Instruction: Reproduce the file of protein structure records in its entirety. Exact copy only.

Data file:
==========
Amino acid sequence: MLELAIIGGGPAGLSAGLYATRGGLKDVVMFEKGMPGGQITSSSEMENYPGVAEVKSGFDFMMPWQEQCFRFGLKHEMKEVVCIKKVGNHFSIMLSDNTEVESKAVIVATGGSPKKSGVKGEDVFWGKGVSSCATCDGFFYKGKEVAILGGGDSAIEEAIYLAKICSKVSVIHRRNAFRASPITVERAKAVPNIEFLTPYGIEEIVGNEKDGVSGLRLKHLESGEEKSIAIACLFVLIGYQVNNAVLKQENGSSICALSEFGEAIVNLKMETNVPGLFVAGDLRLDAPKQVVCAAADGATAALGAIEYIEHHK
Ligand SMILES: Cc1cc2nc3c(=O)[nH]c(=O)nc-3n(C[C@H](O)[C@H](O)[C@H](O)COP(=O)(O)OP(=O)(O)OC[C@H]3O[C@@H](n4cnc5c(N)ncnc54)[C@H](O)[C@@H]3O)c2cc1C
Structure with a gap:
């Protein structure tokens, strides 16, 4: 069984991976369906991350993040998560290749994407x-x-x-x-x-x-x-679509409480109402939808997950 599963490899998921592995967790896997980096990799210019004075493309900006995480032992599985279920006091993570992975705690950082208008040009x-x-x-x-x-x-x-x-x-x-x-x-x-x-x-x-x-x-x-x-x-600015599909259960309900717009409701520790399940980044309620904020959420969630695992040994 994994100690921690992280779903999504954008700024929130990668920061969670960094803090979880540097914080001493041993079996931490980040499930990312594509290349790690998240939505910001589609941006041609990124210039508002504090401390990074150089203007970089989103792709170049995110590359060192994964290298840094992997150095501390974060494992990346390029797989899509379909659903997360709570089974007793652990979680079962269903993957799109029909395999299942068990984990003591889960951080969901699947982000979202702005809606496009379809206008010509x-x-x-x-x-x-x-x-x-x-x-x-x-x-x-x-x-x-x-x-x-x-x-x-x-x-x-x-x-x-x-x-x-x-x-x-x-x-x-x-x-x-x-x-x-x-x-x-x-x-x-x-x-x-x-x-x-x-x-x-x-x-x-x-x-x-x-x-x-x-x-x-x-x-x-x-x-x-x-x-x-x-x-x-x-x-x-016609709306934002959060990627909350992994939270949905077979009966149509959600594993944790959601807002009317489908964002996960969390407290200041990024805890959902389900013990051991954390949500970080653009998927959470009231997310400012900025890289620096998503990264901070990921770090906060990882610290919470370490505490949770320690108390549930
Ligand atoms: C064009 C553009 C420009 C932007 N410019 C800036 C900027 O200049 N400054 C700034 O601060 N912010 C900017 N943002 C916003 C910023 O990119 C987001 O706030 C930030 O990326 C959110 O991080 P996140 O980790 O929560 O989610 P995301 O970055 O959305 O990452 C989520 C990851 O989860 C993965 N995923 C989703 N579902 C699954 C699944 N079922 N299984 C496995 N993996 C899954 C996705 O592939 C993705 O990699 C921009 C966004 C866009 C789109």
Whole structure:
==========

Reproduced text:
Amino acid sequence: MLELAIIGGGPAGLSAGLYATRGGLKDVVMFEKGMPGGQITSSSEMENYPGVAEVKSGFDFMMPWQEQCFRFGLKHEMKEVVCIKKVGNHFSIMLSDNTEVESKAVIVATGGSPKKSGVKGEDVFWGKGVSSCATCDGFFYKGKEVAILGGGDSAIEEAIYLAKICSKVSVIHRRNAFRASPITVERAKAVPNIEFLTPYGIEEIVGNEKDGVSGLRLKHLESGEEKSIAIACLFVLIGYQVNNAVLKQENGSSICALSEFGEAIVNLKMETNVPGLFVAGDLRLDAPKQVVCAAADGATAALGAIEYIEHHK
Ligand SMILES: Cc1cc2nc3c(=O)[nH]c(=O)nc-3n(C[C@H](O)[C@H](O)[C@H](O)COP(=O)(O)OP(=O)(O)OC[C@H]3O[C@@H](n4cnc5c(N)ncnc54)[C@H](O)[C@@H]3O)c2cc1C
Structure with a gap:
């Protein structure tokens, strides 16, 4: 069984991976369906991350993040998560290749994407x-x-x-x-x-x-x-679509409480109402939808997950 599963490899998921592995967790896997980096990799210019004075493309900006995480032992599985279920006091993570992975705690950082208008040009x-x-x-x-x-x-x-x-x-x-x-x-x-x-x-x-x-x-x-x-x-600015599909259960309900717009409701520790399940980044309620904020959420969630695992040994 994994100690921690992280779903999504954008700024929130990668920061969670960094803090979880540097914080001493041993079996931490980040499930990312594509290349790690998240939505910001589609941006041609990124210039508002504090401390990074150089203007970089989103792709170049995110590359060192994964290298840094992997150095501390974060494992990346390029797989899509379909659903997360709570089974007793652990979680079962269903993957799109029909395999299942068990984990003591889960951080969901699947982000979202702005809606496009379809206008010509x-x-x-x-x-x-x-x-x-x-x-x-x-x-x-x-x-x-x-x-x-x-x-x-x-x-x-x-x-x-x-x-x-x-x-x-x-x-x-x-x-x-x-x-x-x-x-x-x-x-x-x-x-x-x-x-x-x-x-x-x-x-x-x-x-x-x-x-x-x-x-x-x-x-x-x-x-x-x-x-x-x-x-x-x-x-x-016609709306934002959060990627909350992994939270949905077979009966149509959600594993944790959601807002009317489908964002996960969390407290200041990024805890959902389900013990051991954390949500970080653009998927959470009231997310400012900025890289620096998503990264901070990921770090906060990882610290919470370490505490949770320690108390549930
Ligand atoms: C064009 C553009 C420009 C932007 N410019 C800036 C900027 O200049 N400054 C700034 O601060 N912010 C900017 N943002 C916003 C910023 O990119 C987001 O706030 C930030 O990326 C959110 O991080 P996140 O980790 O929560 O989610 P995301 O970055 O959305 O990452 C989520 C990851 O989860 C993965 N995923 C989703 N579902 C699954 C699944 N079922 N299984 C496995 N993996 C899954 C996705 O592939 C993705 O990699 C921009 C966004 C866009 C789109």
Whole structure: